I thought I’d take a song lyric from the song that was on Now 80s as I’m sitting indoors looking after my border collie while the beloved is in the States. When I started the week, I thought this would mean a lot of time on my hands, some work I could get done, enhance the living environment and all that. Instead, it’s been knackering. Hence a post I was tasked to write last night ends up being written on this Friday afternoon.
A common theme of my blogging the past 5 and a half years has been the falling “out of love” with the England cricket team. To some extent that is still very much the case. What those 66 months have done to my views of the game in this country has opened my eyes to how I, as a fan, was treated, and when I was cheeky enough to put my thoughts from my pulpit, how I was degraded in some eyes, and treated by others. Fandom has never been blind loyalty to me. I pick my team, I stick with them. It’s why I stick with the Chicago Bulls and Miami Dolphins. It’s why I will never be anything other than a Millwall fan. I can’t not be a Surrey fan, and believe me, when I was picking them, they were rubbish. This was more Duncan Pauline, Graham Monkhouse era, rather than the Hollioake and Brown days. I was, am, also a huge national team fan, and football especially as it gives me the chance to watch a team I support at the top level. But the team I spent the most money on, nationally, was England cricket. For those new to this blog, I went on three tours, all self-planned, self-catered, self-ticketed, to Australia in 2002 and 2006 (two tests) and South Africa 2004-2005 (Cape Town and two days at Joburg). I went to the Oval test for 16 years on the bounce. I was a diehard England fan,
This context is necessary because I found after 2014 I couldn’t divorce the boots from the suits, because during that aftermath, the boots were a little bit too cosy with the suits, as were the scribes. The Hundred appears to have changed some of that thinking, with members of the media openly hostile to the ECB over this drivel, but for me it was more a matter of “about time”. When I was impertinent enough a few weeks ago to call out Andy Bull for his lack of perceived support for “my cause” I got impertinence times a hundred back. Almost as if I’d touched a nerve. I don’t set out to do so, but if the cap fitted at that time, then you needed to wear it. I’m minded to cite Public Enemy once more…
Some people accuse some people of crimes
Some people get away wit’ losin’ my rhyme
They don’t like where I’m comin’ from
So dey play dumb
Dumb diggetty dumbb diggetty dumb
But I’m tellin’ you what they do
Play a fool
While the real thief cools in a pool
A bonus of being on leave this week is that I got to watch nearly all of the semi-final yesterday. Now I confess, I wasn’t fully cheering England on at the start. Part of me thought this team were paper tigers. They had beaten up teams on the equivalent of pre-tournament friendlies, on pitches at home that resembled airport runways, and had earned a billion plaudits. But in the back of your mind was the Champions Trophy flop in 2017, when they lost their mind and nerve in the semi-final when conditions weren’t all in their favour. Those fears, doubts, scepticism were augmented by the losses to Pakistan and Sri Lanka (not so much Australia, as they were in decent nick at the time). I then had a number of doubts about the, shall we say, veracity of the contest between England and India. The resounding win against New Zealand, where a good start threatened to be undone by a middle order wobble, was overcome and England qualified. I think England need to earn support again, and I freely admit it is personal and many other views are available, and so yesterday gave them a chance to put things partly right in my eyes.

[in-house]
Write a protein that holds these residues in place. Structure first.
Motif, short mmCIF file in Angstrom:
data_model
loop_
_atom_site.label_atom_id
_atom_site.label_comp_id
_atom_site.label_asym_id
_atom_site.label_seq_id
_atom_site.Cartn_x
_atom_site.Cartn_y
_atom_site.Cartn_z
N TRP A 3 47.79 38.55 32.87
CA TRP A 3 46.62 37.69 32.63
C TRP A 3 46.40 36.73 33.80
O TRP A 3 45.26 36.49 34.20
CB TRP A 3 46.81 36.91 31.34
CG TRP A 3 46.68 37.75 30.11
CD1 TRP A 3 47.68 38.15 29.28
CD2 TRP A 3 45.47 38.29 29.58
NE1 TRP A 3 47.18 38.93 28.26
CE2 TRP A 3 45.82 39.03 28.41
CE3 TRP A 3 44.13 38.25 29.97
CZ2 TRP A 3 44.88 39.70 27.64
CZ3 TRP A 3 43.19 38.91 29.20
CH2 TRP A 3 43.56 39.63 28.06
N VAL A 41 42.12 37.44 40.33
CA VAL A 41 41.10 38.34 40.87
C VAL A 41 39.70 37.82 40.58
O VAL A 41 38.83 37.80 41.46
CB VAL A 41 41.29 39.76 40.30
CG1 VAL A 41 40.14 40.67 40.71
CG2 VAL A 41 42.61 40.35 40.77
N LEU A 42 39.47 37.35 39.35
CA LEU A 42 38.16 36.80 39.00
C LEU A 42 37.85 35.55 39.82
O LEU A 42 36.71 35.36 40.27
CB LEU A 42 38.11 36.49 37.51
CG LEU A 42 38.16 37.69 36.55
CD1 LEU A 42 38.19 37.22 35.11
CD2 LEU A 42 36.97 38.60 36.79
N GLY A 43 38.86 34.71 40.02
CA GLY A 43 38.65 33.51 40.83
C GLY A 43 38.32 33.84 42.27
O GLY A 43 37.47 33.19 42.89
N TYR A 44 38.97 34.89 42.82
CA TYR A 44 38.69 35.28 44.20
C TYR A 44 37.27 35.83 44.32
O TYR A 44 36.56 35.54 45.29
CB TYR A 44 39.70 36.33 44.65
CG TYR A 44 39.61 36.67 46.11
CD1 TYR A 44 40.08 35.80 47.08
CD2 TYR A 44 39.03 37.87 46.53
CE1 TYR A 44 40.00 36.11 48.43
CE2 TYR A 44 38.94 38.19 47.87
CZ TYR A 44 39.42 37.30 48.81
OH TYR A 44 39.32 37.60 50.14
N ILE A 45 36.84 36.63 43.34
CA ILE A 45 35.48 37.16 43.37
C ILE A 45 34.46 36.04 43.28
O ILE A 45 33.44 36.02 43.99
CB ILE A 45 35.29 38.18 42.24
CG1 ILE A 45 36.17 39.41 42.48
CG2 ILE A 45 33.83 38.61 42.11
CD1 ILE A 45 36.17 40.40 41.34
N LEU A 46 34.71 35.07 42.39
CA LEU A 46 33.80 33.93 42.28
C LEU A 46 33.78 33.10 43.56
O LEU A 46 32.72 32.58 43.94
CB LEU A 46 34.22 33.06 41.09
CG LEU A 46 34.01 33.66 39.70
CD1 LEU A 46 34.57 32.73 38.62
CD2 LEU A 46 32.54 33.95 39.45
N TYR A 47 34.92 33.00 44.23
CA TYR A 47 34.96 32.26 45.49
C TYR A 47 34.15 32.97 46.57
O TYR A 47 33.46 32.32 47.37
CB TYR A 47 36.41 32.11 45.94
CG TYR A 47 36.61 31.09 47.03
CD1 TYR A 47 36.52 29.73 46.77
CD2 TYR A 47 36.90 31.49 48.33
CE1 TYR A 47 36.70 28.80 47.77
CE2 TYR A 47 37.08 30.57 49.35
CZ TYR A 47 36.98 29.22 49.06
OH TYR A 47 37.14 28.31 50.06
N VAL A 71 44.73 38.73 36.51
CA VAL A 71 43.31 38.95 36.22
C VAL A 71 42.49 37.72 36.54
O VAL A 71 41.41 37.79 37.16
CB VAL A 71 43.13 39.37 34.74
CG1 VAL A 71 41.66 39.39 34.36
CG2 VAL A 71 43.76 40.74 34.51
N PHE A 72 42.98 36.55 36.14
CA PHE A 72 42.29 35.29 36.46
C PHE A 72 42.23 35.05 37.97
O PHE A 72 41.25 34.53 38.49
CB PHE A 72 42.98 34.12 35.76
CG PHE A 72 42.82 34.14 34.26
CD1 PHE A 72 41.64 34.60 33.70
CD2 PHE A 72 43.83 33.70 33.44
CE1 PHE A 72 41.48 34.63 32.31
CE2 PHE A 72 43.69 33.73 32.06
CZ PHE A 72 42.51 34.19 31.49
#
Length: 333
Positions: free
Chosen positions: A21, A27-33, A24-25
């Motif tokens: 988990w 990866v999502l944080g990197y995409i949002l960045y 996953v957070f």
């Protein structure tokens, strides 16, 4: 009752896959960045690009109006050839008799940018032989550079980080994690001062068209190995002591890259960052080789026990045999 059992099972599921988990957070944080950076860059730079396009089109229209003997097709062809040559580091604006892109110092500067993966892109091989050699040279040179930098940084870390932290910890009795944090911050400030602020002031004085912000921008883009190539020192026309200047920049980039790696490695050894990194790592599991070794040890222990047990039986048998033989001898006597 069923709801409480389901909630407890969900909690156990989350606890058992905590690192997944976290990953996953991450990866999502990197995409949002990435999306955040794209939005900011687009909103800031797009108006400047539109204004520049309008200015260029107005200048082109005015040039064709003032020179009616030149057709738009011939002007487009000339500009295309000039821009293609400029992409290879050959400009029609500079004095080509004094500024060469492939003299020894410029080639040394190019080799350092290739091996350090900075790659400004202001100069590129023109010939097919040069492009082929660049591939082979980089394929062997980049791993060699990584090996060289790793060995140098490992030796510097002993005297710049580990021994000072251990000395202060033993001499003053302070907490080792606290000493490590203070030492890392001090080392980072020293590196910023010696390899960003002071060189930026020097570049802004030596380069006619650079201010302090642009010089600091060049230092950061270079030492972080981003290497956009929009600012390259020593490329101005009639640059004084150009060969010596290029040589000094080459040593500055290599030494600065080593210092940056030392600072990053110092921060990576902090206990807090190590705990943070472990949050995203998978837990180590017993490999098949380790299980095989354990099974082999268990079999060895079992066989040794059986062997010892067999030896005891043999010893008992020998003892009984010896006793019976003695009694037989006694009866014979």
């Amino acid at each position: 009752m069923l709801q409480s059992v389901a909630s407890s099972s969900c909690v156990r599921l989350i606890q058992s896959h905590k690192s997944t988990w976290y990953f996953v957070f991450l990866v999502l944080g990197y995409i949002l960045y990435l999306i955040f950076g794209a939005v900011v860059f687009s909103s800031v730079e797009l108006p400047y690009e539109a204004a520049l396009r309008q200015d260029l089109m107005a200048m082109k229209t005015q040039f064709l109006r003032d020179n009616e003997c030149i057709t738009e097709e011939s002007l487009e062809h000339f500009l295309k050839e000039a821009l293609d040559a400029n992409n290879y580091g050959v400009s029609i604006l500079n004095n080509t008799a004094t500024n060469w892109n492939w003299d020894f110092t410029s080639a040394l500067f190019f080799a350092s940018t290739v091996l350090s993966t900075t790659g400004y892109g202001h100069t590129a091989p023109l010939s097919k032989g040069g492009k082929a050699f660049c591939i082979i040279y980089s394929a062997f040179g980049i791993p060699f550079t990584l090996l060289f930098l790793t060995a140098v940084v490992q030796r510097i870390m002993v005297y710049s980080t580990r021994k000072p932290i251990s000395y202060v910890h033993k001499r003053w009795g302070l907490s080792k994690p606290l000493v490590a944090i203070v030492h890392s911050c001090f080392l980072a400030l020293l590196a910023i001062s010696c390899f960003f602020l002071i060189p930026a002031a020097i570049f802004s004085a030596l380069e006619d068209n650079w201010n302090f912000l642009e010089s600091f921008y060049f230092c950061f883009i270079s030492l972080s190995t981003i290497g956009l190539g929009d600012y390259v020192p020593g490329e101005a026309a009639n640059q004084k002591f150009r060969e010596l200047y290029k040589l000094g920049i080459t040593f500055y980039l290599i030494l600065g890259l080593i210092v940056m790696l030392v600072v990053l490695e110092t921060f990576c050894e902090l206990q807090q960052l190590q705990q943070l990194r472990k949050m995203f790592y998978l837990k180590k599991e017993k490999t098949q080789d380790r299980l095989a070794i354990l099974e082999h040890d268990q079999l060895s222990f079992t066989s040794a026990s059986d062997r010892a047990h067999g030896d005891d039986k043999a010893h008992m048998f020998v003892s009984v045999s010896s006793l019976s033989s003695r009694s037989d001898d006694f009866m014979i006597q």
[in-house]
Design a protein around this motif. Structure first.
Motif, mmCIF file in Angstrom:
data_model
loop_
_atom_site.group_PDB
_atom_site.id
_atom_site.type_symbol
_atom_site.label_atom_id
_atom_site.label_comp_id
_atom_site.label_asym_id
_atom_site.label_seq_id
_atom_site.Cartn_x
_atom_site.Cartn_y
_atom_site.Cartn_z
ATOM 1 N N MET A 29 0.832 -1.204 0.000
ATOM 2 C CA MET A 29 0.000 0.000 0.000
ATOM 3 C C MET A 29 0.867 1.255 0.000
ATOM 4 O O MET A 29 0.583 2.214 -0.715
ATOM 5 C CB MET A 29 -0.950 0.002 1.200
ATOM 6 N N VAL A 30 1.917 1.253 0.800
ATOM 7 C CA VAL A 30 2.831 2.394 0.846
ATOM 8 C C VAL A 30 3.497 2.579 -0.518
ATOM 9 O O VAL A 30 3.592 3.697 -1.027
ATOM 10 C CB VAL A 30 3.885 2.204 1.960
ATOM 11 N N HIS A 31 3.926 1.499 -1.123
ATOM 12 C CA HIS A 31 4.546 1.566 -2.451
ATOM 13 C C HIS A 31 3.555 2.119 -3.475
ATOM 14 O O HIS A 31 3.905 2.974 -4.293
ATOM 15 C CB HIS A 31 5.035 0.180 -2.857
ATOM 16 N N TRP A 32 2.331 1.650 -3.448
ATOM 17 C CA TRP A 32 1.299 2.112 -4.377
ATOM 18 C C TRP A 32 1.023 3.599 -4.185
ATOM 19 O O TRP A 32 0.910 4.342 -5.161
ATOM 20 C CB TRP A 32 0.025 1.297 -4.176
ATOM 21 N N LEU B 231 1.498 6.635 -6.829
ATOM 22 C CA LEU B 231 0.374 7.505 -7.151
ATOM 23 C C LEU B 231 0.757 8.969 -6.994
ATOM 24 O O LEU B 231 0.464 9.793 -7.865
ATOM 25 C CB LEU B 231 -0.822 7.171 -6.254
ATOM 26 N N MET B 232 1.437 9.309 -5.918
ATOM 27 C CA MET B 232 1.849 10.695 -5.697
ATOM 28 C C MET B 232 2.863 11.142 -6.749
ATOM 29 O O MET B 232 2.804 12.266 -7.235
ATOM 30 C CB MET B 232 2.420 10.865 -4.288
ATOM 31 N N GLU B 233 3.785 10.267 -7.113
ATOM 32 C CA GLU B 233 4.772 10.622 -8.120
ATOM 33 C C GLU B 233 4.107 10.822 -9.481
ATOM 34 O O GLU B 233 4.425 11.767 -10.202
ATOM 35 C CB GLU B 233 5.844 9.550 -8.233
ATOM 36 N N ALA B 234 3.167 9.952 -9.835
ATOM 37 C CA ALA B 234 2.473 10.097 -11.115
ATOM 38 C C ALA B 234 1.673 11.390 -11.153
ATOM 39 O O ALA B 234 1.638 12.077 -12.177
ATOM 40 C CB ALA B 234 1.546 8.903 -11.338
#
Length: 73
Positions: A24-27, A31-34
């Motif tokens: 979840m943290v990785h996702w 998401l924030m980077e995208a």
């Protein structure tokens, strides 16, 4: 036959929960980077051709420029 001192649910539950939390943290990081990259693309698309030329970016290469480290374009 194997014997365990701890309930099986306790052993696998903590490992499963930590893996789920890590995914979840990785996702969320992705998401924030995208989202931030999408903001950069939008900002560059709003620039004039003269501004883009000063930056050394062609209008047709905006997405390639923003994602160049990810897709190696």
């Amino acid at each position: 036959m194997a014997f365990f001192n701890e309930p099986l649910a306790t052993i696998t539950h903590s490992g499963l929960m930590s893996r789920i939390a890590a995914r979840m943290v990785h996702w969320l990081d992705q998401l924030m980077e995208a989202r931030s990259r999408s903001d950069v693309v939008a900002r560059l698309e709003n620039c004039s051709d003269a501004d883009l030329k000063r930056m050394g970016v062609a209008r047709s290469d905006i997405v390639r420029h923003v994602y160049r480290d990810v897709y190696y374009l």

And they did.
They did it by playing brilliantly. By playing with amazing confidence. The bowling of Archer, Woakes and Rashid won that match, make no mistake. The opening bowling was top notch, and got the big hundred threats of Warner and Finch out early. This almost immediately stopped a potential score of 300. Then the temptation and then skill of Rashid ending the partnership of Carey, seeing off Stoinis, and then Maxwell, made the potential total smaller and smaller. England keeping Aussie to 223 was the game over in all but name. The name being “mental”. There wasn’t anything that horrific in the wicket. The bowling attack was Starc plus some others, really. What did not need to happen was for England to limp to victory. They had to play the way that they had the previous few years. Enter Jason Roy. The man who won the previous ICC semi-final England had succeeded in when he scored vital runs to break the back of a total. A couple of extra cover drives off Starc calmed the nerves. One, he wasn’t going to back down, and two, that was their champion he was belting. Stuff you.